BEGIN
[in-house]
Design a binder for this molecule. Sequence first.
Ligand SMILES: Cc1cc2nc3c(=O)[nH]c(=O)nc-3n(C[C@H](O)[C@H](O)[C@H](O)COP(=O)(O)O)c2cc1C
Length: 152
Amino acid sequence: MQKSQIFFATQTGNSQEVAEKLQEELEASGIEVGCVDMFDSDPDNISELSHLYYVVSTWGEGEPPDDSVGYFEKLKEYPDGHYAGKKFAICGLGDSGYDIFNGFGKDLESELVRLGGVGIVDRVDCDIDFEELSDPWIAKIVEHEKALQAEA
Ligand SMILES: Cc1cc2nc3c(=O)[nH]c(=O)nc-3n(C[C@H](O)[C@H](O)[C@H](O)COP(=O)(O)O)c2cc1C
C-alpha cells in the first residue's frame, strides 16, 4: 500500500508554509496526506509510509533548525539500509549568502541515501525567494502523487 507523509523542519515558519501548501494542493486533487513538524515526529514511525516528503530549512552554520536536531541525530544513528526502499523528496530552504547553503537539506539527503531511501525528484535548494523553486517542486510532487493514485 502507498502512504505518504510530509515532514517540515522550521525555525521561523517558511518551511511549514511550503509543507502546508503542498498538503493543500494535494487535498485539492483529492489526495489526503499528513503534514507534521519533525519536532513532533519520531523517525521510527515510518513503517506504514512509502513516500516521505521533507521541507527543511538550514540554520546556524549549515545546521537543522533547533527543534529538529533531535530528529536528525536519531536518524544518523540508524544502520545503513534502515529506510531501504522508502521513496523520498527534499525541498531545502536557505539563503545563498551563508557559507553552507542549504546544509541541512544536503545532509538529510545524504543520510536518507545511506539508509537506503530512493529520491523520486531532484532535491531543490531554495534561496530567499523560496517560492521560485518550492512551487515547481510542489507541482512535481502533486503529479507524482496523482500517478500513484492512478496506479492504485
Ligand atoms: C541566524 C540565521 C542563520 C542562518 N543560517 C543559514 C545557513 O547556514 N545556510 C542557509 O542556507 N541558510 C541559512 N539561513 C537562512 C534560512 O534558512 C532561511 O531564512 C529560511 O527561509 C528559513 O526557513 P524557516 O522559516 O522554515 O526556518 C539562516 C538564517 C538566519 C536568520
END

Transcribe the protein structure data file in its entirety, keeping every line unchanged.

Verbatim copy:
[in-house]
Design a binder for this molecule. Sequence first.
Ligand SMILES: Cc1cc2nc3c(=O)[nH]c(=O)nc-3n(C[C@H](O)[C@H](O)[C@H](O)COP(=O)(O)O)c2cc1C
Length: 152
Amino acid sequence: MQKSQIFFATQTGNSQEVAEKLQEELEASGIEVGCVDMFDSDPDNISELSHLYYVVSTWGEGEPPDDSVGYFEKLKEYPDGHYAGKKFAICGLGDSGYDIFNGFGKDLESELVRLGGVGIVDRVDCDIDFEELSDPWIAKIVEHEKALQAEA
Ligand SMILES: Cc1cc2nc3c(=O)[nH]c(=O)nc-3n(C[C@H](O)[C@H](O)[C@H](O)COP(=O)(O)O)c2cc1C
C-alpha cells in the first residue's frame, strides 16, 4: 500500500508554509496526506509510509533548525539500509549568502541515501525567494502523487 507523509523542519515558519501548501494542493486533487513538524515526529514511525516528503530549512552554520536536531541525530544513528526502499523528496530552504547553503537539506539527503531511501525528484535548494523553486517542486510532487493514485 502507498502512504505518504510530509515532514517540515522550521525555525521561523517558511518551511511549514511550503509543507502546508503542498498538503493543500494535494487535498485539492483529492489526495489526503499528513503534514507534521519533525519536532513532533519520531523517525521510527515510518513503517506504514512509502513516500516521505521533507521541507527543511538550514540554520546556524549549515545546521537543522533547533527543534529538529533531535530528529536528525536519531536518524544518523540508524544502520545503513534502515529506510531501504522508502521513496523520498527534499525541498531545502536557505539563503545563498551563508557559507553552507542549504546544509541541512544536503545532509538529510545524504543520510536518507545511506539508509537506503530512493529520491523520486531532484532535491531543490531554495534561496530567499523560496517560492521560485518550492512551487515547481510542489507541482512535481502533486503529479507524482496523482500517478500513484492512478496506479492504485
Ligand atoms: C541566524 C540565521 C542563520 C542562518 N543560517 C543559514 C545557513 O547556514 N545556510 C542557509 O542556507 N541558510 C541559512 N539561513 C537562512 C534560512 O534558512 C532561511 O531564512 C529560511 O527561509 C528559513 O526557513 P524557516 O522559516 O522554515 O526556518 C539562516 C538564517 C538566519 C536568520